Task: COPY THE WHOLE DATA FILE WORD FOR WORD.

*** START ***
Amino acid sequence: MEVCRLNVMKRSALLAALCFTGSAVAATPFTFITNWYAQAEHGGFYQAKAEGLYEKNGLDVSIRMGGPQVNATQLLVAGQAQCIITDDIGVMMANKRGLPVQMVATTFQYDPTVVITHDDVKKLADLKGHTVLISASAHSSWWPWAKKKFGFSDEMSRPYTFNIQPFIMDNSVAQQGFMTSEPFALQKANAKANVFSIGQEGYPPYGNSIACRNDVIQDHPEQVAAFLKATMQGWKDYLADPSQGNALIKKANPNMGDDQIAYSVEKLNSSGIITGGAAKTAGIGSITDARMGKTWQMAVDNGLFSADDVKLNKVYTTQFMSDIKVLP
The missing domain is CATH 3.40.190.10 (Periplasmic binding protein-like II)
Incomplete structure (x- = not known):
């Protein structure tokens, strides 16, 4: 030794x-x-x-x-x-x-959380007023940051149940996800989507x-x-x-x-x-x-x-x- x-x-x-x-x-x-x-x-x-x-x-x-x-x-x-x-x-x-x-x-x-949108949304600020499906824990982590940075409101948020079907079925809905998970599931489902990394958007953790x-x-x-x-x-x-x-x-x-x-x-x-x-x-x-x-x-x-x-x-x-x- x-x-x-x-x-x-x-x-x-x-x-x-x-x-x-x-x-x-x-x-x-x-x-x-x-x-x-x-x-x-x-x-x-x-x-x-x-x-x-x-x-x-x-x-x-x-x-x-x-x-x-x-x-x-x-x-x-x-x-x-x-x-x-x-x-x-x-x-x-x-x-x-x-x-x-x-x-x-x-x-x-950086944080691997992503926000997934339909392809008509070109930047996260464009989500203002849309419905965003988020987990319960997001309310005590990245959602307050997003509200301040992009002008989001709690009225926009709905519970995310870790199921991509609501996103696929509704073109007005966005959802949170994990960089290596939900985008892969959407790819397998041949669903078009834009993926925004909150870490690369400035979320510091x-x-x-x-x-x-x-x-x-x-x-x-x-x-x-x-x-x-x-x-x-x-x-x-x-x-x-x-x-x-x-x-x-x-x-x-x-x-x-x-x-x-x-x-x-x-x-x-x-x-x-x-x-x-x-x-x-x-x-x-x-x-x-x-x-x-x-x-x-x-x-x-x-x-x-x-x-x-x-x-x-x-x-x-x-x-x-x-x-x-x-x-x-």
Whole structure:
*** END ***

Amino acid sequence: MEVCRLNVMKRSALLAALCFTGSAVAATPFTFITNWYAQAEHGGFYQAKAEGLYEKNGLDVSIRMGGPQVNATQLLVAGQAQCIITDDIGVMMANKRGLPVQMVATTFQYDPTVVITHDDVKKLADLKGHTVLISASAHSSWWPWAKKKFGFSDEMSRPYTFNIQPFIMDNSVAQQGFMTSEPFALQKANAKANVFSIGQEGYPPYGNSIACRNDVIQDHPEQVAAFLKATMQGWKDYLADPSQGNALIKKANPNMGDDQIAYSVEKLNSSGIITGGAAKTAGIGSITDARMGKTWQMAVDNGLFSADDVKLNKVYTTQFMSDIKVLP
The missing domain is CATH 3.40.190.10 (Periplasmic binding protein-like II)
Incomplete structure (x- = not known):
């Protein structure tokens, strides 16, 4: 030794x-x-x-x-x-x-959380007023940051149940996800989507x-x-x-x-x-x-x-x- x-x-x-x-x-x-x-x-x-x-x-x-x-x-x-x-x-x-x-x-x-949108949304600020499906824990982590940075409101948020079907079925809905998970599931489902990394958007953790x-x-x-x-x-x-x-x-x-x-x-x-x-x-x-x-x-x-x-x-x-x- x-x-x-x-x-x-x-x-x-x-x-x-x-x-x-x-x-x-x-x-x-x-x-x-x-x-x-x-x-x-x-x-x-x-x-x-x-x-x-x-x-x-x-x-x-x-x-x-x-x-x-x-x-x-x-x-x-x-x-x-x-x-x-x-x-x-x-x-x-x-x-x-x-x-x-x-x-x-x-x-x-950086944080691997992503926000997934339909392809008509070109930047996260464009989500203002849309419905965003988020987990319960997001309310005590990245959602307050997003509200301040992009002008989001709690009225926009709905519970995310870790199921991509609501996103696929509704073109007005966005959802949170994990960089290596939900985008892969959407790819397998041949669903078009834009993926925004909150870490690369400035979320510091x-x-x-x-x-x-x-x-x-x-x-x-x-x-x-x-x-x-x-x-x-x-x-x-x-x-x-x-x-x-x-x-x-x-x-x-x-x-x-x-x-x-x-x-x-x-x-x-x-x-x-x-x-x-x-x-x-x-x-x-x-x-x-x-x-x-x-x-x-x-x-x-x-x-x-x-x-x-x-x-x-x-x-x-x-x-x-x-x-x-x-x-x-």
Whole structure: